Brain mechanisms that underlie the effects of motivational audiovisual stimuli on psychophysiological responses during exercise Article

Bigliassi, M, Silva, VB, Karageorghis, CI et al. (2016). Brain mechanisms that underlie the effects of motivational audiovisual stimuli on psychophysiological responses during exercise . 158 128-136. 10.1016/j.physbeh.2016.03.001

cited authors

  • Bigliassi, M; Silva, VB; Karageorghis, CI; Bird, JM; Santos, PC; Altimari, LR

fiu authors

abstract

  • Motivational audiovisual stimuli such as music and video have been widely used in the realm of exercise and sport as a means by which to increase situational motivation and enhance performance. The present study addressed the mechanisms that underlie the effects of motivational stimuli on psychophysiological responses and exercise performance. Twenty-two participants completed fatiguing isometric handgrip-squeezing tasks under two experimental conditions (motivational audiovisual condition and neutral audiovisual condition) and a control condition. Electrical activity in the brain and working muscles was analyzed by use of electroencephalography and electromyography, respectively. Participants were asked to squeeze the dynamometer maximally for 30 s. A single-item motivation scale was administered after each squeeze. Results indicated that task performance and situational motivational were superior under the influence of motivational stimuli when compared to the other two conditions (~. 20% and ~. 25%, respectively). The motivational stimulus downregulated the predominance of low-frequency waves (theta) in the right frontal regions of the cortex (F8), and upregulated high-frequency waves (beta) in the central areas (C3 and C4). It is suggested that motivational sensory cues serve to readjust electrical activity in the brain; a mechanism by which the detrimental effects of fatigue on the efferent control of working muscles is ameliorated.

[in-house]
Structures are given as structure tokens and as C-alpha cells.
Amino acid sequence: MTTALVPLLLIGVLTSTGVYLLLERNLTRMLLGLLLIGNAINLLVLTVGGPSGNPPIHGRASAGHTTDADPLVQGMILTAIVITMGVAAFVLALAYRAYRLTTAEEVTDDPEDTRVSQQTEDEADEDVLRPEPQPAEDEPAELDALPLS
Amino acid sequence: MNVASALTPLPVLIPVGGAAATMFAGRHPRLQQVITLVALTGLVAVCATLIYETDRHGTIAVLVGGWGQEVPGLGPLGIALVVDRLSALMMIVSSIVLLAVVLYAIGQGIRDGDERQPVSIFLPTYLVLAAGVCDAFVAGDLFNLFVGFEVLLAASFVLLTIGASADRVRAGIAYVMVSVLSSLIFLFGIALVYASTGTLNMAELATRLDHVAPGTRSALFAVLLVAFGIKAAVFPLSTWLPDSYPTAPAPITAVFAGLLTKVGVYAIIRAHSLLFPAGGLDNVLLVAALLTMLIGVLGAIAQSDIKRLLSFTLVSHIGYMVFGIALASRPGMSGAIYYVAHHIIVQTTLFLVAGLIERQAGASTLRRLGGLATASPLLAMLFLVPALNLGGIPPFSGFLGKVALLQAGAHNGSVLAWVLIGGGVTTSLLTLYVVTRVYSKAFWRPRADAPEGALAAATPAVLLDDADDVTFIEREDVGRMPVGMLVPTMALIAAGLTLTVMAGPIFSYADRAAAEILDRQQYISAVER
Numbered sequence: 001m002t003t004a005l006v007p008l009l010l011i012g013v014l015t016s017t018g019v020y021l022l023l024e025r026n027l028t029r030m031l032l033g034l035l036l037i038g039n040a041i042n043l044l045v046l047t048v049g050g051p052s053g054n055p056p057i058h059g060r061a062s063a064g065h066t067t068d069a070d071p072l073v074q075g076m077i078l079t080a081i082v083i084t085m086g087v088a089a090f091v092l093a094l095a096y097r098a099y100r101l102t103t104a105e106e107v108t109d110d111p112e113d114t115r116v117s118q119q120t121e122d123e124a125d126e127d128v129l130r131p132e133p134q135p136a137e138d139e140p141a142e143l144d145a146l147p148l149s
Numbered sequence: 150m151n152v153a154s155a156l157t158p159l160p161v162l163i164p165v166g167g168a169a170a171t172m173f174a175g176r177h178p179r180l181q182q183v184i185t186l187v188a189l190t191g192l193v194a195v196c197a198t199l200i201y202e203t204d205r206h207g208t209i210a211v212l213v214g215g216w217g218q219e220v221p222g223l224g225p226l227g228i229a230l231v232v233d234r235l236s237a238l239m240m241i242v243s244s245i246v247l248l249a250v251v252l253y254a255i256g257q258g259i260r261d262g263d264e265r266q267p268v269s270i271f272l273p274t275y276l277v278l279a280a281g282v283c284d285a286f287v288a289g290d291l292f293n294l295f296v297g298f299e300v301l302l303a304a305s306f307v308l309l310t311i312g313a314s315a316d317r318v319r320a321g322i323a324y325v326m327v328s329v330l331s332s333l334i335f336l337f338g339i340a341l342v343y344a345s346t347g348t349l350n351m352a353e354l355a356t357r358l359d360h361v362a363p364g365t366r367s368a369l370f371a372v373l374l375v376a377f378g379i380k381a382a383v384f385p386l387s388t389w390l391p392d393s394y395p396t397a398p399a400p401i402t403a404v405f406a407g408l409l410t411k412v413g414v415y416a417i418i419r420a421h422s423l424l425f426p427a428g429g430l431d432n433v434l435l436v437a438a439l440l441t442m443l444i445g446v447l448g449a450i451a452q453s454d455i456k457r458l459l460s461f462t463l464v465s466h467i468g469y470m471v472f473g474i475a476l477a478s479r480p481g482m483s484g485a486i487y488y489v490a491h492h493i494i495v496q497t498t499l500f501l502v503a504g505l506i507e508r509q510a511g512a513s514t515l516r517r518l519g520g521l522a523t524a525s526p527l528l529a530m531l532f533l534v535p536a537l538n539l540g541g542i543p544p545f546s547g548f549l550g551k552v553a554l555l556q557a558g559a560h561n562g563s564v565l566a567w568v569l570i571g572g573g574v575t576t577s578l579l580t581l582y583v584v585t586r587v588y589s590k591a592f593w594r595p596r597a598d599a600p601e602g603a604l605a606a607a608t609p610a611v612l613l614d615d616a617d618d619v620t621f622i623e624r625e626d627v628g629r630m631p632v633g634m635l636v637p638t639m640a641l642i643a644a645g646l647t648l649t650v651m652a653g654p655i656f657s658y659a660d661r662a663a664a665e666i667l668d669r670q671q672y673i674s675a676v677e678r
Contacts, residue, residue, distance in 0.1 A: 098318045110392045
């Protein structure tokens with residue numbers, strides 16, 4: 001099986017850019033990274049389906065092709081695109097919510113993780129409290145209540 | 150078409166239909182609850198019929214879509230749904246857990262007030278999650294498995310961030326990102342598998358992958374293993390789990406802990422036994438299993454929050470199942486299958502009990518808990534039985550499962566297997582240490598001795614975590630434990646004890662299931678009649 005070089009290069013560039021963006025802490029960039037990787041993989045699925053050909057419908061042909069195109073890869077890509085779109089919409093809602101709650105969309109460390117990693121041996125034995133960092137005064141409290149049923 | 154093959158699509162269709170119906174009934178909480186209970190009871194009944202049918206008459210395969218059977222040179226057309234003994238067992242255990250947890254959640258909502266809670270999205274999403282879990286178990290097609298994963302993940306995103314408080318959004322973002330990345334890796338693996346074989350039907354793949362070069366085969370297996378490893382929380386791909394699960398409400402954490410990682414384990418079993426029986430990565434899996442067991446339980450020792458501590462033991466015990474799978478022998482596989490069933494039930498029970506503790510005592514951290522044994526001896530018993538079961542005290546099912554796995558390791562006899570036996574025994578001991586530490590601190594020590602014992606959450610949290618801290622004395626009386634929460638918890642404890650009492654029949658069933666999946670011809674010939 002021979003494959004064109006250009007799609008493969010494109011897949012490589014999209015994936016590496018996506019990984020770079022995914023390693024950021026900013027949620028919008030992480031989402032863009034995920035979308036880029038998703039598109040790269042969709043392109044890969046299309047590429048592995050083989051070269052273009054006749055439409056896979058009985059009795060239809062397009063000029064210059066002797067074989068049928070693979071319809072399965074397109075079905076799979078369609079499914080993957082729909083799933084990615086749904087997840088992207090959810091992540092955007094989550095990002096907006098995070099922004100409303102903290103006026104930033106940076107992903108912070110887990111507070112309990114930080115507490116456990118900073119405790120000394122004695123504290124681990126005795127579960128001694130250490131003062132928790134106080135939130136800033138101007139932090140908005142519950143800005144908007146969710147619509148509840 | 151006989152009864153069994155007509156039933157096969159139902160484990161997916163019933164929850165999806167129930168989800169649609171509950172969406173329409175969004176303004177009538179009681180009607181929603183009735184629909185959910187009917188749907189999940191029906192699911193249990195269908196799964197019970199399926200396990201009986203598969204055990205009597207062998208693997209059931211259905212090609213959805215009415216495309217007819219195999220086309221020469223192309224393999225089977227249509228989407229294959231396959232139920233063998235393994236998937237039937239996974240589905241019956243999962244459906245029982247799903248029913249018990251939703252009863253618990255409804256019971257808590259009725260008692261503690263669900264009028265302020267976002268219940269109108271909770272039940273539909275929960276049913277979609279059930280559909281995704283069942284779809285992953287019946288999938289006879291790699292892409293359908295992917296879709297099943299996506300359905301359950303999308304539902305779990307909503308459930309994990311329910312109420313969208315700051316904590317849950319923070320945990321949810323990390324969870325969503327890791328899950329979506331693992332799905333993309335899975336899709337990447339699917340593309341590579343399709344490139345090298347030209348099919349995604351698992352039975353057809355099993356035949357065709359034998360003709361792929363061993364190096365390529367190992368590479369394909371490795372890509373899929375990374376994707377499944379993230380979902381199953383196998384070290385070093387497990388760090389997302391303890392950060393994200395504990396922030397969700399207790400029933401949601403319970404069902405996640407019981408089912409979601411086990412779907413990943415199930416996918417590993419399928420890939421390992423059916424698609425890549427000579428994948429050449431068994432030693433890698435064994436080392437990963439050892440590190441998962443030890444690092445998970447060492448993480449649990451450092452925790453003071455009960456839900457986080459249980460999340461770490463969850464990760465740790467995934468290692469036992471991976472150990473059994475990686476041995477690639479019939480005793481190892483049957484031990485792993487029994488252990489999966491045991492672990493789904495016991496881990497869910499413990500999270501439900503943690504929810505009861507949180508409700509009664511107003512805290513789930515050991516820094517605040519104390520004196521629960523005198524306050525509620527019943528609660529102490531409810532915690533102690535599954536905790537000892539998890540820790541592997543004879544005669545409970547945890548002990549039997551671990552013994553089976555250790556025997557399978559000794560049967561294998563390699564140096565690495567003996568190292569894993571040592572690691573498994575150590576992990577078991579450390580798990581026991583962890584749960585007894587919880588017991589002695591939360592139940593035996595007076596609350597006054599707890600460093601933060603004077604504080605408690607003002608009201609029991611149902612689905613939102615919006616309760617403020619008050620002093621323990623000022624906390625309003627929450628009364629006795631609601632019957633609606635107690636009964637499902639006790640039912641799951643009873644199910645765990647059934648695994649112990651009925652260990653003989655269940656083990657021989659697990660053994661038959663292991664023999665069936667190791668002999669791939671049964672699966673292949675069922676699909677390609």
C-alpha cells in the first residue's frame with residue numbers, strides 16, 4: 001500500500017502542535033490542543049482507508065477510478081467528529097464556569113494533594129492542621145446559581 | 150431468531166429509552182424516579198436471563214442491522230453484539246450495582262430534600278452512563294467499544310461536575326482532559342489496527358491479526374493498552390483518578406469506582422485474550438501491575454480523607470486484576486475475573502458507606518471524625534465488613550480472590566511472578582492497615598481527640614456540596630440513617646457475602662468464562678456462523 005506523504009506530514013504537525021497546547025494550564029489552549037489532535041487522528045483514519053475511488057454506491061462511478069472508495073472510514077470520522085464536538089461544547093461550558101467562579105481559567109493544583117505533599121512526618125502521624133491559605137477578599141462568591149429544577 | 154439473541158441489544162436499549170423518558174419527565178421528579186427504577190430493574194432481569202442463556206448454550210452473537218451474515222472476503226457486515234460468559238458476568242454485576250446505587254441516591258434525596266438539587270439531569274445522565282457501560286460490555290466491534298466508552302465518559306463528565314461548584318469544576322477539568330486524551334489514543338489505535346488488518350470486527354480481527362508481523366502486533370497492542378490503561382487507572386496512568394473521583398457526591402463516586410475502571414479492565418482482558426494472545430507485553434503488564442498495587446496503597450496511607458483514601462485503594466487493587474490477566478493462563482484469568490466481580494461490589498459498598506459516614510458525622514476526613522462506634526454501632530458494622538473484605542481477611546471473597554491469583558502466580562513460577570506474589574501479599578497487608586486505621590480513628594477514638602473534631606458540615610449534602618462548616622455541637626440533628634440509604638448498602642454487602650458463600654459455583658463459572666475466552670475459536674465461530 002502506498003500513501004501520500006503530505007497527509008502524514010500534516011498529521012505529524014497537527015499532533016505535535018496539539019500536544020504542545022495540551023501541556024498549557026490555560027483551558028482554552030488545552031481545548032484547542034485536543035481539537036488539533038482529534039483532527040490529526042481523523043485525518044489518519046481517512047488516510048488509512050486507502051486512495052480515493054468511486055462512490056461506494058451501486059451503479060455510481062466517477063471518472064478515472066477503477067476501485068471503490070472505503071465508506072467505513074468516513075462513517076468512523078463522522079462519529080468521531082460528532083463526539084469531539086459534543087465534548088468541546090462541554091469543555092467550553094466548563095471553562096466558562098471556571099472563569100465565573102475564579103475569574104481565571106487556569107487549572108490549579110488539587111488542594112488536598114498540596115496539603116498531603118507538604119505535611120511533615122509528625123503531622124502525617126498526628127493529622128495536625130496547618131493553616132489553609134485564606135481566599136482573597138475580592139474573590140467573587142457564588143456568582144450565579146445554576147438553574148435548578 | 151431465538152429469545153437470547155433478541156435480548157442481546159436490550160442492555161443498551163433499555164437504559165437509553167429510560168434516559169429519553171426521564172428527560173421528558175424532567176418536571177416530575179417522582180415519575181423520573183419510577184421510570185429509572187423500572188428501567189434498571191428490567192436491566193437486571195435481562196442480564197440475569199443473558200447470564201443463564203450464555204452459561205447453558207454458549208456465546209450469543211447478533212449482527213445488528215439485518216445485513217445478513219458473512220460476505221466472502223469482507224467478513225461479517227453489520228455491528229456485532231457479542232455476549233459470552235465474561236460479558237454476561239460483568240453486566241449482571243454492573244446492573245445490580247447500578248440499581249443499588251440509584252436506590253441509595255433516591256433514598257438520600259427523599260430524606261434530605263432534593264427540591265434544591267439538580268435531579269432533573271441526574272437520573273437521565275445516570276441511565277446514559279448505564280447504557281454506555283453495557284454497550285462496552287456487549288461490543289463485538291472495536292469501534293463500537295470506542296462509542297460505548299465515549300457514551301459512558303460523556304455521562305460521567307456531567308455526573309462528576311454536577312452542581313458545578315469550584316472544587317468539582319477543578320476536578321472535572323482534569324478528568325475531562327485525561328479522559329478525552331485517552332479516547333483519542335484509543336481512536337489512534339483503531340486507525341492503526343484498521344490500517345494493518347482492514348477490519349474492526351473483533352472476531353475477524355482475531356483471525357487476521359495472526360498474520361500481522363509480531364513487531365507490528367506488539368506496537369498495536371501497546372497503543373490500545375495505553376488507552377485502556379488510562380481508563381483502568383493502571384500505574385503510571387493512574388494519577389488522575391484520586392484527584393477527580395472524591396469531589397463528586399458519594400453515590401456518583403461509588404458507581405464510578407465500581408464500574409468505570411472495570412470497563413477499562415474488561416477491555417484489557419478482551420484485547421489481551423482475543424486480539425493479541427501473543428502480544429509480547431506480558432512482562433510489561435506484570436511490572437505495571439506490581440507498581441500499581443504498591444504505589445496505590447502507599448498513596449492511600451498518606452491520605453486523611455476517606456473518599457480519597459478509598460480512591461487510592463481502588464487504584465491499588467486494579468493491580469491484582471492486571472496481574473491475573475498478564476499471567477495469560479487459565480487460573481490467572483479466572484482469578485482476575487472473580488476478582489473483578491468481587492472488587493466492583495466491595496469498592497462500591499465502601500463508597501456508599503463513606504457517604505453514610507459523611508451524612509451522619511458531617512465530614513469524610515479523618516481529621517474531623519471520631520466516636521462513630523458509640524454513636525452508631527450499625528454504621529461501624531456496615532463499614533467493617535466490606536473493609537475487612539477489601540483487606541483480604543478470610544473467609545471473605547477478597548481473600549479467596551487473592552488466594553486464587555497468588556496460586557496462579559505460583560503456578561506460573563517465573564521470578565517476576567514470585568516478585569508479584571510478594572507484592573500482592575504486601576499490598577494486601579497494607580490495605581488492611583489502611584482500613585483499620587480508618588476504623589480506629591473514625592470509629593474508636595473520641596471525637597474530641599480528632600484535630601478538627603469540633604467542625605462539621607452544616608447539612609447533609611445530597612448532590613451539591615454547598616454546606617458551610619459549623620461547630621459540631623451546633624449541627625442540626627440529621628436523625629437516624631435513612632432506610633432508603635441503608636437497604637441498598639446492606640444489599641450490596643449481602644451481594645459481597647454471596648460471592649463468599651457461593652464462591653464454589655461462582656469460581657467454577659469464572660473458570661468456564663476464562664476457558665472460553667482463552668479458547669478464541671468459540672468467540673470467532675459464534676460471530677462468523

publication date

  • May 1, 2016

Digital Object Identifier (DOI)

start page

  • 128

end page

  • 136

volume

  • 158